What the hell is happening to cryptocurrency valuations? The total market cap for all cryptocurrencies just surpassed $100 billion. The vast majority of these gains have come in just the last few months — on April 1st the total market cap was just over $25 billion — representing a 300 percent increase in value in just over 60 days. While some of these gains are from bitcoin itself (BTC is up ~160 percent in the same two-month time frame), other digital currencies like Ethereum are also responsible for the increase, which on its own has increased ~439 percent over the last two months. TechCrunch (also, 3 reasons the cryptocurrency exchange market is maturing & Cryptoeconomics 101)

My experience using hackintosh low-end PC for 3 years Almost 3 years ago I installed Mac OS X mavericks for the first time on my personal computer, before this I used a lot of distributions of gnu linux. but sometimes I had heard about Mac OS X and hackintosh, in that moment it seemed something Impossible to do. After spending hours reading guides in forums, reddit, tonymac86. I decided to try installing mavericks. The first thing I did was to download a torrent of niresh. For that moment there was no support for Yosemite. Jhonny Arana

Pirate Bay founder: We’ve lost the internet, it’s all about damage control now At its inception, the internet was a beautifully idealistic and equal place. But the world sucks and we’ve continuously made it more and more centralized, taking power away from users and handing it over to big companies. And the worst thing is that we can’t fix it — we can only make it slightly less awful. The Next Web

An open letter to Microsoft: A 64-bit OS is better than a 32-bit OS There are a few absolutes in life – death, taxes, and that a 64-bit OS is better than a 32-bit OS. Moving over to a 64-bit OS allows your laptop to run BOTH the old compatible 32-bit processes and also the new 64-bit processes. In other words, there is zero downside (and there are gigantic upsides). Backblaze

Following the money hobbled vDOS attack-for-hire service A new report proves the value of following the money in the fight against dodgy cybercrime services known as “booters” or “stressers” — virtual hired muscle that can be rented to knock nearly any website offline. Last fall, two 18-year-old Israeli men were arrested for allegedly running vDOS, perhaps the most successful booter service of all time. Krebs on Security

Automate the freight: maritime drone deliveries Ships at sea are literally islands unto themselves. If what you need isn’t on board, good luck getting it in the middle of the Pacific. As such, most ships are really well equipped with spare parts and even with raw materials and the tools needed to fabricate most of what they can’t store, and mariners are famed for their ability to make do with what they’ve got. Hackaday (also, Japan to launch self-navigating cargo ships 'by 2025')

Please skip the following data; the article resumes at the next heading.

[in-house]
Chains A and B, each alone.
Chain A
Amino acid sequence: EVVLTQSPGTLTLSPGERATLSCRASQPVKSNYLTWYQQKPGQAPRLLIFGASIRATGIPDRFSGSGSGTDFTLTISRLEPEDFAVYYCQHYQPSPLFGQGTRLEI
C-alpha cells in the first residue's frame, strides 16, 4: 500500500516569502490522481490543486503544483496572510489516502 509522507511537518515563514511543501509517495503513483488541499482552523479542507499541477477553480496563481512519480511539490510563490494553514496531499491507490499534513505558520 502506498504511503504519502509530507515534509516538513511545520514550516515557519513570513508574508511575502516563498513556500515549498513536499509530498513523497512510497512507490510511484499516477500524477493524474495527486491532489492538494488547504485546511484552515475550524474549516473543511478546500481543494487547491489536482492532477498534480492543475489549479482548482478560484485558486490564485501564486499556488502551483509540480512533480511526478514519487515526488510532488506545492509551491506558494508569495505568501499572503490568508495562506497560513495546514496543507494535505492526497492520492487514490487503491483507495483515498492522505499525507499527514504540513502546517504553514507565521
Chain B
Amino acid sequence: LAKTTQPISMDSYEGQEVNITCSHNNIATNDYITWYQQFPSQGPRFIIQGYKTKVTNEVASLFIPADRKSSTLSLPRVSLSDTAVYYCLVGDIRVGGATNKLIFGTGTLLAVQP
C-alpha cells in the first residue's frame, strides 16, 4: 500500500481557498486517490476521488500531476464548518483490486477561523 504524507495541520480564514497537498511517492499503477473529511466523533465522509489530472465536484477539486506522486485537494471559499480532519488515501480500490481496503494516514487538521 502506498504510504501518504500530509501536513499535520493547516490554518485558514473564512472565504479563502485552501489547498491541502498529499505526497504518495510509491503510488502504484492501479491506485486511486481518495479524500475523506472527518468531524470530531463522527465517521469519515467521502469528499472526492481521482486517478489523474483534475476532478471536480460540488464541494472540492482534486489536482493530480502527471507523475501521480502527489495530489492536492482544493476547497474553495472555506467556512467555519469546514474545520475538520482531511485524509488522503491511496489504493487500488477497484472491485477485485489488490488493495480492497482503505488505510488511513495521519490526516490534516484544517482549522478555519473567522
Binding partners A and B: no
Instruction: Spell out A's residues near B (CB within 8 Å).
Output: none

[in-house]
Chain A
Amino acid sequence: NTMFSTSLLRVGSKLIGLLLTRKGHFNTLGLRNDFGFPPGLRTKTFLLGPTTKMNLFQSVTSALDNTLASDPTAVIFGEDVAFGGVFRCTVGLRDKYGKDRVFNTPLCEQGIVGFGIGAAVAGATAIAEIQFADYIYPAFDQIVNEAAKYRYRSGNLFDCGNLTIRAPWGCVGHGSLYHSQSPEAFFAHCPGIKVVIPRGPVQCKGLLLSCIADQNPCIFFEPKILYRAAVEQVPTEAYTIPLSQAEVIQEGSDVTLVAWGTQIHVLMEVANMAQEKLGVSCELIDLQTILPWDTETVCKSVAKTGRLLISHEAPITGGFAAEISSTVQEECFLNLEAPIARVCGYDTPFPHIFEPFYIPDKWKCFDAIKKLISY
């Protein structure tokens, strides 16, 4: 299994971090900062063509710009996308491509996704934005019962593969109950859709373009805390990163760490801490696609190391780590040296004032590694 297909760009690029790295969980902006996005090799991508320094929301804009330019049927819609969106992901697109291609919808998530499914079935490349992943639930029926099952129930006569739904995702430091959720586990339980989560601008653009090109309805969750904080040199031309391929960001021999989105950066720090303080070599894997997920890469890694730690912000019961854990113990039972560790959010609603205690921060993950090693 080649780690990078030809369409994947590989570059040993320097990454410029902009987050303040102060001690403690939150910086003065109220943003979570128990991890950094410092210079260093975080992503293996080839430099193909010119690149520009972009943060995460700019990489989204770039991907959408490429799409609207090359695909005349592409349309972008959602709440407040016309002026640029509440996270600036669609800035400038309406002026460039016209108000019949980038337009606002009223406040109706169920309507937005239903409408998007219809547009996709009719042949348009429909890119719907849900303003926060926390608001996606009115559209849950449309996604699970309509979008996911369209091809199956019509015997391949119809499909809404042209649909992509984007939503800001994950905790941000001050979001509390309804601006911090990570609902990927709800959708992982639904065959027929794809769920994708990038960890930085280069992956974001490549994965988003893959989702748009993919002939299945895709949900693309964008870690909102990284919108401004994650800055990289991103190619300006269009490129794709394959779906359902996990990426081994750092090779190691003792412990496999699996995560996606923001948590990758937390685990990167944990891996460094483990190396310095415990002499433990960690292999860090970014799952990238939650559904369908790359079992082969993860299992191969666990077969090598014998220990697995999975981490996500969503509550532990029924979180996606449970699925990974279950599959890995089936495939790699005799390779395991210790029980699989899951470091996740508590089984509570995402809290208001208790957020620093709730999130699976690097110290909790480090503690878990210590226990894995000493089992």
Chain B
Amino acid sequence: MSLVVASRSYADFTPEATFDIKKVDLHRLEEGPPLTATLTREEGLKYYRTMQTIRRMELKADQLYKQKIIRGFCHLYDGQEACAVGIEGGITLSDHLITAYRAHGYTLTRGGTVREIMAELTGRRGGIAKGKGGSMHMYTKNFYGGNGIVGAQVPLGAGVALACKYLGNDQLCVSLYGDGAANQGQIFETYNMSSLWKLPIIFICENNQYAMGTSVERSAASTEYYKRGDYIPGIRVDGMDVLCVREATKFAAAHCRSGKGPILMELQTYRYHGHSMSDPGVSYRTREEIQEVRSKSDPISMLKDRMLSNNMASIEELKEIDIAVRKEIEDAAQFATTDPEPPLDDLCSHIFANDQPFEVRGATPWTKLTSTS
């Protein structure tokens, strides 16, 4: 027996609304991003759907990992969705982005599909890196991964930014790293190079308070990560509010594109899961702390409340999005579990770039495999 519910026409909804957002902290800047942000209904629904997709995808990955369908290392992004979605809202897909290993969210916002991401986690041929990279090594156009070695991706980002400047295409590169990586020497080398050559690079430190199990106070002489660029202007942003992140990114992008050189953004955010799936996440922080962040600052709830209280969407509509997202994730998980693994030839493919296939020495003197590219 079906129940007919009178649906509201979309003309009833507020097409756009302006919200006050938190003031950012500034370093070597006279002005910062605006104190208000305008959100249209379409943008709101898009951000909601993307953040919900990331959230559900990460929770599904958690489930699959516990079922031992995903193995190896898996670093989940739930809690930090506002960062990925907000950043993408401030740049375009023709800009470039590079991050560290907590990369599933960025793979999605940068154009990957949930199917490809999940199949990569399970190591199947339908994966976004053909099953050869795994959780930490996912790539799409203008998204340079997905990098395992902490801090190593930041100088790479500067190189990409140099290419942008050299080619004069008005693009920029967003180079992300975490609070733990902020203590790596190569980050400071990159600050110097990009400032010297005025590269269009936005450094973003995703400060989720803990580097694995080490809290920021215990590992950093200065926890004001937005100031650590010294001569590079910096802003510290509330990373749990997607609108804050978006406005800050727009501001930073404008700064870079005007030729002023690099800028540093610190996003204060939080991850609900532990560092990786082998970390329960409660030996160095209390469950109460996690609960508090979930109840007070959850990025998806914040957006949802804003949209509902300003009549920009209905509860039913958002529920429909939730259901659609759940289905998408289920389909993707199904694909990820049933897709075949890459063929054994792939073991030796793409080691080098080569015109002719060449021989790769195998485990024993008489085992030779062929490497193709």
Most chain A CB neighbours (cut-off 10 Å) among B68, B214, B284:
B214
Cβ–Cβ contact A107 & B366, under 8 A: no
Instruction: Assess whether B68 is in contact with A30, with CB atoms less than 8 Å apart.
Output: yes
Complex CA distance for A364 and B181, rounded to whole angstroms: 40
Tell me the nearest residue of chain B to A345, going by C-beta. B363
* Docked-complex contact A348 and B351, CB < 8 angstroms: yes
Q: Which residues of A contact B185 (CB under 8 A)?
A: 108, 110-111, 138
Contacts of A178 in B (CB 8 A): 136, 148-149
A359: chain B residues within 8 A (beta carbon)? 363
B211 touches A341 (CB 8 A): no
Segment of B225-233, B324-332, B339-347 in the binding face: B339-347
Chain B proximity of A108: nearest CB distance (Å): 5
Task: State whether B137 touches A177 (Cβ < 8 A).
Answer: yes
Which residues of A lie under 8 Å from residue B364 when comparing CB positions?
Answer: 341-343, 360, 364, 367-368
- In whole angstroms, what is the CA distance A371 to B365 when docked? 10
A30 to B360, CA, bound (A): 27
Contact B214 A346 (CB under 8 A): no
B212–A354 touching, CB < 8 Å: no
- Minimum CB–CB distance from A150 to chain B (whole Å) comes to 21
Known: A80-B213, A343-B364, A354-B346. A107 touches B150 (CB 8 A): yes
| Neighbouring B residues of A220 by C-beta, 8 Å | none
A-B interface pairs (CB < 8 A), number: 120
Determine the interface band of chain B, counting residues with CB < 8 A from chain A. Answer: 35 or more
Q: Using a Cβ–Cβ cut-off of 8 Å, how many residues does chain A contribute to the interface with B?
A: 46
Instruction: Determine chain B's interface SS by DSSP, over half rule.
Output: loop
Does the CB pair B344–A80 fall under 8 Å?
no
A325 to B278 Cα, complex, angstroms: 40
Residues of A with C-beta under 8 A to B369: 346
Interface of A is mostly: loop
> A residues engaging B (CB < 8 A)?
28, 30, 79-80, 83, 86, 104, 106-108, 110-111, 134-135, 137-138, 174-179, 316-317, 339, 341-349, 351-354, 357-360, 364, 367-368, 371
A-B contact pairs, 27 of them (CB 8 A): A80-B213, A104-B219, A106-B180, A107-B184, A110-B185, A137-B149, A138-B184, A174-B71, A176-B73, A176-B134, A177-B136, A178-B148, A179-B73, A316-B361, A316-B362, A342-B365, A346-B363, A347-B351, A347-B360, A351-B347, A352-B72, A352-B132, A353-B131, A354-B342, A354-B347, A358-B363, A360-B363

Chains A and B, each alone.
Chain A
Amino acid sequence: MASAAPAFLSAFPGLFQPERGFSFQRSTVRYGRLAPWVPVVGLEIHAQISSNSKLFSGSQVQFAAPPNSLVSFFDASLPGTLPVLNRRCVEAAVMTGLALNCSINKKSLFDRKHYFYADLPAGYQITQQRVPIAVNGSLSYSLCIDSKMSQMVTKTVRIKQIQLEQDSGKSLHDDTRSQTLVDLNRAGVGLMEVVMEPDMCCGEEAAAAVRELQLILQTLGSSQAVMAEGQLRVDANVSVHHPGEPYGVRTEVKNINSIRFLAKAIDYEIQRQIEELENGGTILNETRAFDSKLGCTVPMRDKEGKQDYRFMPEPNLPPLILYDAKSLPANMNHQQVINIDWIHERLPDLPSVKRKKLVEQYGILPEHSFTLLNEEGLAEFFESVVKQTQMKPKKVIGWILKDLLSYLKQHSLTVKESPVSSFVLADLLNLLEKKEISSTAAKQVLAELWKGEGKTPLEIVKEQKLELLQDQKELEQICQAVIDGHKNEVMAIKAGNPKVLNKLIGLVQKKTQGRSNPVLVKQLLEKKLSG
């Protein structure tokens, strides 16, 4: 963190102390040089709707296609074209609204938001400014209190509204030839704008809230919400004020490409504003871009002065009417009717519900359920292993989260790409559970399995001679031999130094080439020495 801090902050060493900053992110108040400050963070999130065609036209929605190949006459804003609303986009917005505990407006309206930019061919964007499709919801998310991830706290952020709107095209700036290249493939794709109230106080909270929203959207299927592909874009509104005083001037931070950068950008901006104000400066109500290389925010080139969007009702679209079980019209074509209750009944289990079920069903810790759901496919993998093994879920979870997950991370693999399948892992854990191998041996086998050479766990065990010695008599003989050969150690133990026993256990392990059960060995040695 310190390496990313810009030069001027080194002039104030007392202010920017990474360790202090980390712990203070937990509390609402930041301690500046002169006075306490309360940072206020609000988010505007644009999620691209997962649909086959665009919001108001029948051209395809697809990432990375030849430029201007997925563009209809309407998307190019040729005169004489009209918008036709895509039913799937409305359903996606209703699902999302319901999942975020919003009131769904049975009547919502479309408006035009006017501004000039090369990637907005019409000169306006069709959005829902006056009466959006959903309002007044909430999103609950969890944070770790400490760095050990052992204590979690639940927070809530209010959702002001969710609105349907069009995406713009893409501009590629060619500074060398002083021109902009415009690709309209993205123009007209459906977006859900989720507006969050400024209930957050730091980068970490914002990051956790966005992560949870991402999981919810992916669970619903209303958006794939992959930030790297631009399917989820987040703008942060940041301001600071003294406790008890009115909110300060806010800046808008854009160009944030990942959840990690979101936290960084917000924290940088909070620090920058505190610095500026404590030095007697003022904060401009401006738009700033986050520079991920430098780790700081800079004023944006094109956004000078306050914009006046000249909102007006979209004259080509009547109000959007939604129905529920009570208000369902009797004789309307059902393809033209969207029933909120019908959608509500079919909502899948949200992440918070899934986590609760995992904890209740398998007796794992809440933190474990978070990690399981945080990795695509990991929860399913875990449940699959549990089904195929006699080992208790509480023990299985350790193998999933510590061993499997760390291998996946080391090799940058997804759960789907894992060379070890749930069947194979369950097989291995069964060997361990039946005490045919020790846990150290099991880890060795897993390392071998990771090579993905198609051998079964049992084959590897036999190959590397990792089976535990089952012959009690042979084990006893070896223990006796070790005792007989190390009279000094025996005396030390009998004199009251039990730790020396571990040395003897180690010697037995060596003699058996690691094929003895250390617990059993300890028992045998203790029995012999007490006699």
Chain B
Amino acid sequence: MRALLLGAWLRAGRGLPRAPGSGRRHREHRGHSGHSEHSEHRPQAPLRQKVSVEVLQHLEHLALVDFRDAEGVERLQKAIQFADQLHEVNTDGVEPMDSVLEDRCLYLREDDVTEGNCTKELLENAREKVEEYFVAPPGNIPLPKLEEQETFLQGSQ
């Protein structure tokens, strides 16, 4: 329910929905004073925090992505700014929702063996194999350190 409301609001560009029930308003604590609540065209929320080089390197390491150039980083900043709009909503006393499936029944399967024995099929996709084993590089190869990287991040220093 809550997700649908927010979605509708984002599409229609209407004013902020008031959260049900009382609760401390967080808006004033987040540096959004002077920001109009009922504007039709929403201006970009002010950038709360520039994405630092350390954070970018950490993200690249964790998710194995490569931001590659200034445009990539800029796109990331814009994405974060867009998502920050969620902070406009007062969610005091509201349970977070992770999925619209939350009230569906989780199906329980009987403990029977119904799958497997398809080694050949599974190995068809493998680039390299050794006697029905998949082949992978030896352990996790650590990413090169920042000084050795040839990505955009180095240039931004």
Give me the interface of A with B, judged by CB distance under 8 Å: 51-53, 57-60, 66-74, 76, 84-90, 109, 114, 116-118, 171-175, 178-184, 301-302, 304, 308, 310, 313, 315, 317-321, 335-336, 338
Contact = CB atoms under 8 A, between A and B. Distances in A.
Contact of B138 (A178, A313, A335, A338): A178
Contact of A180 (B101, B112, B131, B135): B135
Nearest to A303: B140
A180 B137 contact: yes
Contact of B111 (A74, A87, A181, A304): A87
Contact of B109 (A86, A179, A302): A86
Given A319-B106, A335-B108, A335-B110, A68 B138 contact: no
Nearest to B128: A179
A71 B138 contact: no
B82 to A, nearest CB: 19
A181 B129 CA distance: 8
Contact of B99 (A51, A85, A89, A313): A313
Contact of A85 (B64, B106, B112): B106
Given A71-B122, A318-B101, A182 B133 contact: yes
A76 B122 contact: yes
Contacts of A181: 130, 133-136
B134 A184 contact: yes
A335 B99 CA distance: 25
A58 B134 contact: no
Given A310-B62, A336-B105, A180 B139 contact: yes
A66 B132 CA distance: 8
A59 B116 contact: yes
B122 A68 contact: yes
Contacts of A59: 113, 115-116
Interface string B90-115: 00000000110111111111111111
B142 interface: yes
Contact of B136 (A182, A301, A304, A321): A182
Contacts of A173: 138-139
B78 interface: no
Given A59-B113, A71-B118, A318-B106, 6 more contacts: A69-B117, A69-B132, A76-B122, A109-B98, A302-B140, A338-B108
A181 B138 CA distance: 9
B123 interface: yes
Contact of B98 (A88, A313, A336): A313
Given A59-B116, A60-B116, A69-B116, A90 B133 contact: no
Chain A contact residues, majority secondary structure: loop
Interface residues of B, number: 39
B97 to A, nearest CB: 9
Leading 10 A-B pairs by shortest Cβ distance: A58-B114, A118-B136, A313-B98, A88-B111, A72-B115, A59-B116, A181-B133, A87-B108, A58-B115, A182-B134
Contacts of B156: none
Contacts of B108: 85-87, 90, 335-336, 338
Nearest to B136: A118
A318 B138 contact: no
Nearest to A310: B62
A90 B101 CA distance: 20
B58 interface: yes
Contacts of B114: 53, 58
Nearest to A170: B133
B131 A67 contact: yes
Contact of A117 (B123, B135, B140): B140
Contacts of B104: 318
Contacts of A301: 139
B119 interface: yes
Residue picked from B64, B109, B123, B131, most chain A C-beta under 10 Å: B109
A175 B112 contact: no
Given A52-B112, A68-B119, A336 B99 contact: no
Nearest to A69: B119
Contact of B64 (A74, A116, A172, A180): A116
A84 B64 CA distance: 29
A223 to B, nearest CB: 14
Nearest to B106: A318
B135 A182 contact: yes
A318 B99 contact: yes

It’s been so windy in Europe that electricity prices have turned negative It's been very windy across Europe this week. So much so, in fact, that the high wind load on onshore and offshore wind turbines across much of the continent has helped set new wind power records. For starters, renewables generated more than half of Britain's energy demand on Wednesday—for the first time ever. Vice

Amazon lent $1 billion to merchants to boost sales on its marketplace Amazon.com Inc has stepped up lending to third-party sellers on its site who are looking to grow their business, a company executive said in an interview on Wednesday. The e-commerce giant has doled out more than $1 billion in small loans to sellers in the past 12 months, compared with more than $1.5 billion it lent from 2011 through 2015, said Peeyush Nahar, vice president for Amazon Marketplace. Reuters

DARPA funds development of new type of processor A completely new kind of non-von-Neumann processor called a HIVE — Hierarchical Identify Verify Exploit — is being funded by the Defense Advanced Research Project Agency (DARPA) to the tune of $80 million over four-and-a-half years. Chipmakers Intel and Qualcomm are participating in the project, along with a national laboratory, a university and a defense contractor North Grumman. EE Times

Xbox Unleashed: Our deep-dive study of how millions use Xbox Live For three years now, Ars’ Steam Gauge project and the public sampling projects it has inspired (such as Steam Spy) have provided an important behind-the-scenes look at what kinds of games are popular on PC gaming’s most popular marketplace. Today, after years of work, we’re ready to unveil a new effort that similarly uncovers what’s popular among Xbox Live users on the Xbox One and Xbox 360. Ars Technica